As long as everything is going along smoothly, it’s easy to be considerate and respectful of another person’s needs. They are in no way interfering with our own. But the emergence of a conflict can changes all that–now we can feel threatened, anxious and angry. The same person whom we enjoyed working with yesterday now seems like an adversary. That’s because of our vast, past experience with conflict, most of which was negative.

We have a negative attitude toward conflict primarily because we haven’t learned constructive ways to deal with it–in fact, the converse is true: we have learned destructive ways of handling conflict. As children, as students and as employees (and too often as spouses) we have experienced losing in a conflict because parents, teachers and bosses use/d their power to win at our expense. Even though we know the feelings of resentment, anger, dislike, even hostility that we experience as a result of losing, the win-lose posture is deeply ingrained and when we get in positions where we have power over people, we often choose to win at their expense.

A great deal of research shows the damaging effects that win-lose conflict resolution has on interpersonal relationships. It creates distance, separation, dislike, even hatred. It’s the main reason people leave their jobs for new ones and marriages break up.

How do you keep your cool?

We are spiritual beings having a human experience. And when we have that human experience, it can include all kinds of emotions.
And we all have experienced, I’m sure, times when we disagree with someone, may it be someone we know or even love or someone we meet at Unity or another gathering, or work. It could be anywhere.

There are times when confronting an issue is just the right thing to do.

Maybe you have made a mistake and need to acknowledge it. Doing so demonstrates integrity and can help you further your relationships.

But if we are going to make solid attempts to be like Jesus, our way-shower, ….where love is the answer because that’s what we are – LOVE, then we need ways to connect with the person or persons that we are having a disagreement with.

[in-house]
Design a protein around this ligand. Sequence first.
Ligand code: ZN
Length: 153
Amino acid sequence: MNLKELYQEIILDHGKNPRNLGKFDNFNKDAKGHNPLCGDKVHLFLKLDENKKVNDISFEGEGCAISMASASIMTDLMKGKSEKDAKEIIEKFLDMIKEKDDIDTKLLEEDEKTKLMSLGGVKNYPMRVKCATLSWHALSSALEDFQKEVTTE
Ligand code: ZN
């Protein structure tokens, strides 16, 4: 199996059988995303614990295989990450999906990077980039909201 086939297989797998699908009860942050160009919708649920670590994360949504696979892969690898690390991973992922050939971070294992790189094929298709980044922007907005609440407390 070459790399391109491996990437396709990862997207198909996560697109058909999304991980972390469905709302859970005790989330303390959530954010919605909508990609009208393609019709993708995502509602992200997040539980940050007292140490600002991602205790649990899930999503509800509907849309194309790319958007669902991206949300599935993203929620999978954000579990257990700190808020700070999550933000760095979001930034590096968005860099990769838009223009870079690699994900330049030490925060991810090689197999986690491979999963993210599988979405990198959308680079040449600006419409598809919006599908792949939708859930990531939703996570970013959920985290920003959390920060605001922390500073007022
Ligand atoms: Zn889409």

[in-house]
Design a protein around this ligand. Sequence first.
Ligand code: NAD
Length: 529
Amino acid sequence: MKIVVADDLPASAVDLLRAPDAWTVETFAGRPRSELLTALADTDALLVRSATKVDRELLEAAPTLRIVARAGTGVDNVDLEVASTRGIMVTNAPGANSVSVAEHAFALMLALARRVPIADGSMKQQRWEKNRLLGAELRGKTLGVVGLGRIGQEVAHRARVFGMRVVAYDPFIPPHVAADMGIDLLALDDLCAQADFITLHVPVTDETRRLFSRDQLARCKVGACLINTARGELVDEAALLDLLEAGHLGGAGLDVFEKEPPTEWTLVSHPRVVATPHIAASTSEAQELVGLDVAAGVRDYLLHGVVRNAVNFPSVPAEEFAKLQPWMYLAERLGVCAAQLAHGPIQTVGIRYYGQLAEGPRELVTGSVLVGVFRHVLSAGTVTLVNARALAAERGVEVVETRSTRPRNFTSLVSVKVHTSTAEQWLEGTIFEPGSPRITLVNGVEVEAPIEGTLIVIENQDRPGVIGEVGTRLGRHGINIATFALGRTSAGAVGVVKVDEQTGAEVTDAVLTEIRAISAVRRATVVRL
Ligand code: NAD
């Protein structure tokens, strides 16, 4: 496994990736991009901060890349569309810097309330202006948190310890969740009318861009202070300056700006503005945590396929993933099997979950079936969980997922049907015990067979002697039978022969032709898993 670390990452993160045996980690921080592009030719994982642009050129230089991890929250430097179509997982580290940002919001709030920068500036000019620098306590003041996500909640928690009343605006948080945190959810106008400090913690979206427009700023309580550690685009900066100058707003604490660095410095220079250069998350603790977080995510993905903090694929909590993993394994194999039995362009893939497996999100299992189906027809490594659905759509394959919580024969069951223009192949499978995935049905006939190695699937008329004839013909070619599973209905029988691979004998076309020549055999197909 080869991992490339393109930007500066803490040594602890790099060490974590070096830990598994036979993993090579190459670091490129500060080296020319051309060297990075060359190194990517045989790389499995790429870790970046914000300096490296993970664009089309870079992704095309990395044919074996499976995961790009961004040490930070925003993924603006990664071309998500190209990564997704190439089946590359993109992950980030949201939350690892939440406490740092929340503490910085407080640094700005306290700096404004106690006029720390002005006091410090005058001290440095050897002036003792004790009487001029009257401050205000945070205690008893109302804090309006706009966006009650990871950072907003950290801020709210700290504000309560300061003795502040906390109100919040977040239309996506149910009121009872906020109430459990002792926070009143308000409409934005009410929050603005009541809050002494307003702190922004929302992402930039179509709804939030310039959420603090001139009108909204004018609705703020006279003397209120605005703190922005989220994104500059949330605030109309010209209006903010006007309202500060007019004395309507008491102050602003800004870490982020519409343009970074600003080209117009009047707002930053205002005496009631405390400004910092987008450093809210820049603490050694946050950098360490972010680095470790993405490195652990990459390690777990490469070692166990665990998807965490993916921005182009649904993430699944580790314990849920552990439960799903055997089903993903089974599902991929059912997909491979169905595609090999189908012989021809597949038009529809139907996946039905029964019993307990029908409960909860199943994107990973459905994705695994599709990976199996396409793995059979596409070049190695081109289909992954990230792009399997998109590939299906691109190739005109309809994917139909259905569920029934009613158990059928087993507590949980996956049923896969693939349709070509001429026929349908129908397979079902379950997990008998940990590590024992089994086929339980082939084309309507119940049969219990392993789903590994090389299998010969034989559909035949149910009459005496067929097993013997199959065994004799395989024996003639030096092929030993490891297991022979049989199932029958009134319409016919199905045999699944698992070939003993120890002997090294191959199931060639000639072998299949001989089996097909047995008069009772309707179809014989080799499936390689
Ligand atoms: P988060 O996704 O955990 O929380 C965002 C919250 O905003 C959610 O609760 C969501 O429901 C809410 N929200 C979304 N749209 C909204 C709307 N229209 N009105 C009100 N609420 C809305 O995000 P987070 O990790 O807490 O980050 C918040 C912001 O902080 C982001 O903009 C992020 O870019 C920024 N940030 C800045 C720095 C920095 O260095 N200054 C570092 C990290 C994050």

So, this discussion is about some Commitments we can use when we disagree with someone within our Congregation. And they may help outside the Congregation too.

This three-week series is about ways to aid us in these types of situations.

Our first Commitment is:
Accept Conflict – Acknowledge that conflict is a normal part of our life in the Center.

Conflict is a common, inevitable part of life. It exists because people don’t always get along or agree. Because conflict is a normal part of everyone’s life, conflict resolution, or the ability to resolve conflicts effectively, is a crucial skill for everyone to have.

Many people have a negative definition in mind when it comes to the word conflict, and they certainly don’t want to deal with it. This is the dictionary’s definition: a fight, battle, or struggle, especially a prolonged struggle; strife; controversy; quarrel: a conflict of ideas.

Ever have any of these?

I’m pretty sure we all have at one time or another, maybe not so much lately as we are working on our journey to self-realization.

But, did you know that some types of conflict can actually be beneficial? Healthy conflict can lead to better relationships, increased confidence, greater respect from others, career development, and harmony within your office or home.

Can you see that?

But on the flip side, conflict can also be damaging. If handled ineffectively, conflict can quickly turn into personal dislike, and even lead to a breakdown of relationships. Has that happened to any of you? Has to me….

A common response to conflict is avoidance. Most people say they just don’t like confrontation …it makes them uncomfortable and sometimes, unnecessary emotions can come to the surface.

Have you ever heard someone say, “They don’t like confrontation as they avoid a situation or person?”

We can realize that most people would prefer to just avoid the situation just like many of us. Maybe it will just go away. The discomfort is natural. The key is, don’t let that feeling make you a victim.

Issues become more difficult with time. Problems are much easier to resolve if you address them early. Do you agree?